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How To Play The Card Game Kings Corners

Updated on November 12, 2014

Traditional card game

I first learned to play Kings Corners, also called Kings In The Corners, when I attended junior college in Minnesota. We sometimes played cards in the cafeteria between classes. This became one of my favorite games.


Kings Corners is played with a standard deck of 52 playing cards. It can be played by 2 to 6 players, but is best with four.

The game is played by laying cards on foundation piles in descending order and with alternating suit colors. For this game, the cards rank, from high to low, K-Q-J-10-9-8-7-6-5-4-3-2-A. The cards that are not dealt are laid face-down as a draw pile, and the foundation piles are then placed in the eight positions around the draw pile.

The initial layout consists of the draw pile and one card in each of four foundation piles. These cards are laid face-up above, below, left of, and right of the draw pile. This initial layout resembles a plus sign.

The other four foundation piles will eventually be located at the four corners of the layout, and each will begin with a King. (Hence, Kings Corners.)

Game Rules

To play Kings Corners, choose a player at random to be the dealer. The dealer shuffles the cards, and deals them one at a time around the table starting with the player to his left and moving clockwise. He continues dealing until each player has seven cards.

He then lays the remaining cards face-down at the center of the table as the draw pile. He takes four cards from the top of the draw pile, and lays them face-up above, below, left of, and right of the draw pile to form the beginning of four foundation piles.

Then the players take turns playing beginning with the player to the left of the dealer and moving clockwise around the table.

On your turn, take a card from the draw pile, and then lay as many cards from your hand as you choose on the foundation piles. You can:

1. Lay cards on foundation piles. You can lay a card on a foundation pile if the rank of your card is one less than the rank of the card on the top of the pile and its suit is the opposite color. For instance, you can lay a Four of Hearts (red) on a Five of Spades (black). Try to keep the bottom card of each foundation pile visible.

2. Lay Kings on empty corners around the draw pile. Each King starts a new foundation pile.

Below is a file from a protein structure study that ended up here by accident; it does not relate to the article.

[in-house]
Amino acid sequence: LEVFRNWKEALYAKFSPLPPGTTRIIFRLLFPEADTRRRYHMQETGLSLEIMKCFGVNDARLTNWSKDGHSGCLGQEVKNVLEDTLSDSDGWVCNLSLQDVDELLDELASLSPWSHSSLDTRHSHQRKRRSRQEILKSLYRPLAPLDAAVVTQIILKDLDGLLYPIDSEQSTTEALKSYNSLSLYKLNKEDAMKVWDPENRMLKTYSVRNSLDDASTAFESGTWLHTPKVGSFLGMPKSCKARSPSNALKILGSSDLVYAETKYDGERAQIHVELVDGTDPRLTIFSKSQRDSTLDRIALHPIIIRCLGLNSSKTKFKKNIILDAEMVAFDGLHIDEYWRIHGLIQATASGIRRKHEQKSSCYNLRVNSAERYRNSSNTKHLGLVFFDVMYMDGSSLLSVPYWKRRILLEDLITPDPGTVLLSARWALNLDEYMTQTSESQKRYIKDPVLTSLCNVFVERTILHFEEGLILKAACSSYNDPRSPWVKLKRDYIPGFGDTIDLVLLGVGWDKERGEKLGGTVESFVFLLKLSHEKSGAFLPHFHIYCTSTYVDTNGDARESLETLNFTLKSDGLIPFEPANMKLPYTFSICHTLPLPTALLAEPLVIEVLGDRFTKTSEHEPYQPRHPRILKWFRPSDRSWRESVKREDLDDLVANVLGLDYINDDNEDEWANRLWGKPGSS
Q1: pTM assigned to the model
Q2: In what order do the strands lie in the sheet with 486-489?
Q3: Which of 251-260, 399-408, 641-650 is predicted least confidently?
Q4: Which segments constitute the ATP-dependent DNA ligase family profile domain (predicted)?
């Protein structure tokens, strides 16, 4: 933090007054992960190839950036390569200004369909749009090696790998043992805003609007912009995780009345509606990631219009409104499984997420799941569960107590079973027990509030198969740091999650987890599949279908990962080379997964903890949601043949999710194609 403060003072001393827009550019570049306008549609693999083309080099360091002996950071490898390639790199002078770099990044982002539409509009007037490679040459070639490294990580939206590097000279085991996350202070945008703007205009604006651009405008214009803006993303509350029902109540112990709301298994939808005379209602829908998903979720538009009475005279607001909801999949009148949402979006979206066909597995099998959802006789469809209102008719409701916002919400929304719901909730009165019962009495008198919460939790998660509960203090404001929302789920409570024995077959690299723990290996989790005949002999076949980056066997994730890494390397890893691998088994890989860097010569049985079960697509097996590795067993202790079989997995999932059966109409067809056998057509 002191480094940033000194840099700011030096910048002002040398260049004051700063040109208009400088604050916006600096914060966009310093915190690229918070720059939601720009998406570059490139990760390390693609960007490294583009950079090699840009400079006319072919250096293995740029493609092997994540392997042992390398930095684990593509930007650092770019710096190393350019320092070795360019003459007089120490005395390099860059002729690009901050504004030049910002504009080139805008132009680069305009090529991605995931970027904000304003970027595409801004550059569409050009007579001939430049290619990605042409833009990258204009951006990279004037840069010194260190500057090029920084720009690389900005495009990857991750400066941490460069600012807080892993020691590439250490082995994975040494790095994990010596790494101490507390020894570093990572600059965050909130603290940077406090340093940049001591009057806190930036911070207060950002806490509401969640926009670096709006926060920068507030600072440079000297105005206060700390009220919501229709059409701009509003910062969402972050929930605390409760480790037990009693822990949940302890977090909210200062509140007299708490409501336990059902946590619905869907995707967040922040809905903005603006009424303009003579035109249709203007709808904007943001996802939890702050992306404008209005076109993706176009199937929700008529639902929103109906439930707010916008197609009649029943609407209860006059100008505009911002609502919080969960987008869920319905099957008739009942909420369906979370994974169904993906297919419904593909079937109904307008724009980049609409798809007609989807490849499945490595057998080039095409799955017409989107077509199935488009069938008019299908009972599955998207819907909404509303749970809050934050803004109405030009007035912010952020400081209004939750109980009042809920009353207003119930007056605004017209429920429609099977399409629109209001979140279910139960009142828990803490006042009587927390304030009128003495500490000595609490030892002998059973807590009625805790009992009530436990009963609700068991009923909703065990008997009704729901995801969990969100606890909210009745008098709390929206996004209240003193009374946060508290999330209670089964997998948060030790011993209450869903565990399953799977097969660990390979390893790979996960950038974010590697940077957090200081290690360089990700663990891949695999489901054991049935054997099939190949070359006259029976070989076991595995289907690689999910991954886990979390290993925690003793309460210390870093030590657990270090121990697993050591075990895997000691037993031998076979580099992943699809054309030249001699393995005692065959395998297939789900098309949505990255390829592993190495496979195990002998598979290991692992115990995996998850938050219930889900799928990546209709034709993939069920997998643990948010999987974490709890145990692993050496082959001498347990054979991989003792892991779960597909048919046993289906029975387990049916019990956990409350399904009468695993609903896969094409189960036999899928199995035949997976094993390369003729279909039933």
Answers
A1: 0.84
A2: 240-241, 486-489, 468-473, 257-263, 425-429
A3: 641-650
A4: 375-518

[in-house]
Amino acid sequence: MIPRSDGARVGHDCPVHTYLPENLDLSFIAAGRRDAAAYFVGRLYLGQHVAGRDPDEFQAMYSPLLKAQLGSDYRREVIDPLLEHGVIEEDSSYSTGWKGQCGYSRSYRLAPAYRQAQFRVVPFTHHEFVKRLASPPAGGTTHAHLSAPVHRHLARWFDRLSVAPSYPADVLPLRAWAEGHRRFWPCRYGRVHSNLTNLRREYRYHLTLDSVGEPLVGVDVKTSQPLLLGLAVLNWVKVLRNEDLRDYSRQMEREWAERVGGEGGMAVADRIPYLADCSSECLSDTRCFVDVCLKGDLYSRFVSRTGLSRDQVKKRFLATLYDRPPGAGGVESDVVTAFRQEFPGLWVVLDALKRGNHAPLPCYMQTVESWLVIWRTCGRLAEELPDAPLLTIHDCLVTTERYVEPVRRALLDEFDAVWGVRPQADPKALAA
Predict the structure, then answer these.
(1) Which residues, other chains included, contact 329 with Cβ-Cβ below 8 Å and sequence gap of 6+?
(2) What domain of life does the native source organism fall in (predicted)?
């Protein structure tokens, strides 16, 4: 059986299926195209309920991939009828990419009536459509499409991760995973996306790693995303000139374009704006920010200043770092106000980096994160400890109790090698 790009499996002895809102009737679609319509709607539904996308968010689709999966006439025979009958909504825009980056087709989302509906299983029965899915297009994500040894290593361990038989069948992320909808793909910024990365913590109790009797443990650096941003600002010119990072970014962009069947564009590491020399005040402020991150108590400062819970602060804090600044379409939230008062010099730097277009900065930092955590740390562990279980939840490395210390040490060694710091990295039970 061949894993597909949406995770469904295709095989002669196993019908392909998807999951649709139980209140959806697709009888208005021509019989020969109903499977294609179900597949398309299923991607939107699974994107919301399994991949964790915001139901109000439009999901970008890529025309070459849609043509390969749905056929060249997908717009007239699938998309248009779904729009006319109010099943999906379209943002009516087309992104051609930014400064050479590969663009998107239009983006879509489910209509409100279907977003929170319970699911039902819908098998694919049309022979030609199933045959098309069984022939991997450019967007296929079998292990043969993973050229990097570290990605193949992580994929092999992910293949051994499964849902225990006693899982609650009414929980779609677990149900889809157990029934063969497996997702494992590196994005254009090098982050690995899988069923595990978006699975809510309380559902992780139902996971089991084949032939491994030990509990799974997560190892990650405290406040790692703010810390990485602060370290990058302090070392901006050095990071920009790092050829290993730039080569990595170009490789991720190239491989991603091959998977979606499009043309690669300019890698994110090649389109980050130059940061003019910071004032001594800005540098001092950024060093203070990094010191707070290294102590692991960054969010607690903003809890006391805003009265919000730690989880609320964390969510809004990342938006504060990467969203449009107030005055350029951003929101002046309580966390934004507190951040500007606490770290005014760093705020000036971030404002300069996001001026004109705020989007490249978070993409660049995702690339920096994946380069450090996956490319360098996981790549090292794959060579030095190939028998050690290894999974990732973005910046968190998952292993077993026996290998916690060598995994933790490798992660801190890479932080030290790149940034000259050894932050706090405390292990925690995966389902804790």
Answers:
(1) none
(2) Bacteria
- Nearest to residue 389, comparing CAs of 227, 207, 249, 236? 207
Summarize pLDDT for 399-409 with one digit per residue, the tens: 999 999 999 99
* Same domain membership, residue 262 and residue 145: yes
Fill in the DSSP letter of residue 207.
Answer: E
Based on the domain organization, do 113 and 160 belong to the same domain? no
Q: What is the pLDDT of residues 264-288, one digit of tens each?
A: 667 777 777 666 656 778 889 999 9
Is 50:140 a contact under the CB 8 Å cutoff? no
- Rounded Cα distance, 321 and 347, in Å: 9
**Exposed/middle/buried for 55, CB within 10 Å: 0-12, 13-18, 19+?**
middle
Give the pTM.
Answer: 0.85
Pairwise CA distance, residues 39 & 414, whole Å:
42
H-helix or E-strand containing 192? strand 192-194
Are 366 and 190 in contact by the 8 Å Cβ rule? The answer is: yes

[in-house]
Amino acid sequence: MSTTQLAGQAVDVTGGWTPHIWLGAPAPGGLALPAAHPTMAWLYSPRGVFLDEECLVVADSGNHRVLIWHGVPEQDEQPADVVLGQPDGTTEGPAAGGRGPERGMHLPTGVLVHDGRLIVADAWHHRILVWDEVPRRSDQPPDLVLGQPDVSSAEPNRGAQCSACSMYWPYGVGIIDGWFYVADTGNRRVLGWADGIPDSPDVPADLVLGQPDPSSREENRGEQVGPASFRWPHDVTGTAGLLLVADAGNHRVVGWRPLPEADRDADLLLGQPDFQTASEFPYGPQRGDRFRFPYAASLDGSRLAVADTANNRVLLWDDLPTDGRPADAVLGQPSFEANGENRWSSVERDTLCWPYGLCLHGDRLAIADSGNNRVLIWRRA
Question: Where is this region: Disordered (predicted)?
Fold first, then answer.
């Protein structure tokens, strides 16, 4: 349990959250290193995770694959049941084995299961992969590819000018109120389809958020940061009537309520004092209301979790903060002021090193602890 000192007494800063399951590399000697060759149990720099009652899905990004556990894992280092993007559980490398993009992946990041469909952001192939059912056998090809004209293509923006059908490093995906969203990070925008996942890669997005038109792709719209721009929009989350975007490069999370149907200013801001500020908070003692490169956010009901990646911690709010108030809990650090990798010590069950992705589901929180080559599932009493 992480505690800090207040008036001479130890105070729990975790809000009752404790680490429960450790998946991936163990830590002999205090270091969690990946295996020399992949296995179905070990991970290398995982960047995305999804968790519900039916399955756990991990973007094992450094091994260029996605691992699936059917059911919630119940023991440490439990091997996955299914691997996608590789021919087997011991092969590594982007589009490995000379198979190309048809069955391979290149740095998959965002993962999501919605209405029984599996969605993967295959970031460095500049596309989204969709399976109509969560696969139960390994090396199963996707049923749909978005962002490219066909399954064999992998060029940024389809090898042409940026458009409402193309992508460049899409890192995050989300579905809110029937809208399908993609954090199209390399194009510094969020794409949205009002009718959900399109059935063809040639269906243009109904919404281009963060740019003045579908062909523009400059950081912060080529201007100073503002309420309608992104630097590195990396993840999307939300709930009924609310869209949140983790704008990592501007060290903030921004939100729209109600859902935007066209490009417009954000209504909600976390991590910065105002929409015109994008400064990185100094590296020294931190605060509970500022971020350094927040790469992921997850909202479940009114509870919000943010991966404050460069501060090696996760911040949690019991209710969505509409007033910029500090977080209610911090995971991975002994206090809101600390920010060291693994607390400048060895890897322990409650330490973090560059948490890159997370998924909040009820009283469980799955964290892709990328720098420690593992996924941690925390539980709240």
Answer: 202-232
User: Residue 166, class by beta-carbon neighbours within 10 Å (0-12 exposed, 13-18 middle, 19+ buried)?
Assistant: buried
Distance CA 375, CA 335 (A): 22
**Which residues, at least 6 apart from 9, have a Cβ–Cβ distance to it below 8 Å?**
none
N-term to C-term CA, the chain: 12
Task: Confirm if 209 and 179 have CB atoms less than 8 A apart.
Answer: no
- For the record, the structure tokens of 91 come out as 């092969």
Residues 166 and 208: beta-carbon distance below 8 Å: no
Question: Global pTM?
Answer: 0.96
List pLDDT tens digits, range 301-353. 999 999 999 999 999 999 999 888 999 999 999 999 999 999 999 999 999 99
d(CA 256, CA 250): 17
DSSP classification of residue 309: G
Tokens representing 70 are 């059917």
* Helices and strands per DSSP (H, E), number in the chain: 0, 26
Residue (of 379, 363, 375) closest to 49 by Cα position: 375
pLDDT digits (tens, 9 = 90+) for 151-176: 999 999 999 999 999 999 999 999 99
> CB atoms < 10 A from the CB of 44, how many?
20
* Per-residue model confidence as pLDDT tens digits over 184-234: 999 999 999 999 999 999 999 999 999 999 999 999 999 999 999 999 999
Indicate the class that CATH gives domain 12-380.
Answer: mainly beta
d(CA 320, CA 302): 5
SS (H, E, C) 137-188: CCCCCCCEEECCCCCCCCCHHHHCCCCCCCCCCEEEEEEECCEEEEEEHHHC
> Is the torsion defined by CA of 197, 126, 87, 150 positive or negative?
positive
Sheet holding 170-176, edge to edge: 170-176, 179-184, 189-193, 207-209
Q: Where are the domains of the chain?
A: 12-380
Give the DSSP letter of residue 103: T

3. Lay foundation piles on top of other foundation piles. You can lay a foundation pile on top of another foundation pile if the rank of the bottom card of the first pile is one less than the rank of the top card of the second and its suit is the opposite color.

4. Lay cards on empty spaces. You can lay a card on an empty space above, below, left of, and right of the draw pile to start a new foundation pile.

(Note: If the draw pile empties, just lay down cards from your hand on your turn.)

When you have played as many card as you choose, your turn ends. If you still have cards in your hand, the game continues and the player to your left takes a turn.

The first player who lays down all of her cards wins the game.

If there comes a time when the draw pile is empty and nobody has laid down any cards once around the table, the player holding the least number of cards wins the game.

Scoring Version

Kings Corners can also be played as a scoring game. Use a sheet of paper as a score pad by placing the players' names across the top of the sheet. Then play a series of hands where each hand is played like a regular game from deal to win.

When a player wins a hand, the other players score 10 points for each King and 1 point for each other card held. (The 10 points for a King is a penalty for holding that card.) Each player adds this score to any previous score on the score pad. The deal then passes one player to the left of the previous dealer, and a new hand begins.

When a player scores more than 25 points, the player with the lowest score wins the game.


Kings Corners is a fun game. You should try it sometime.


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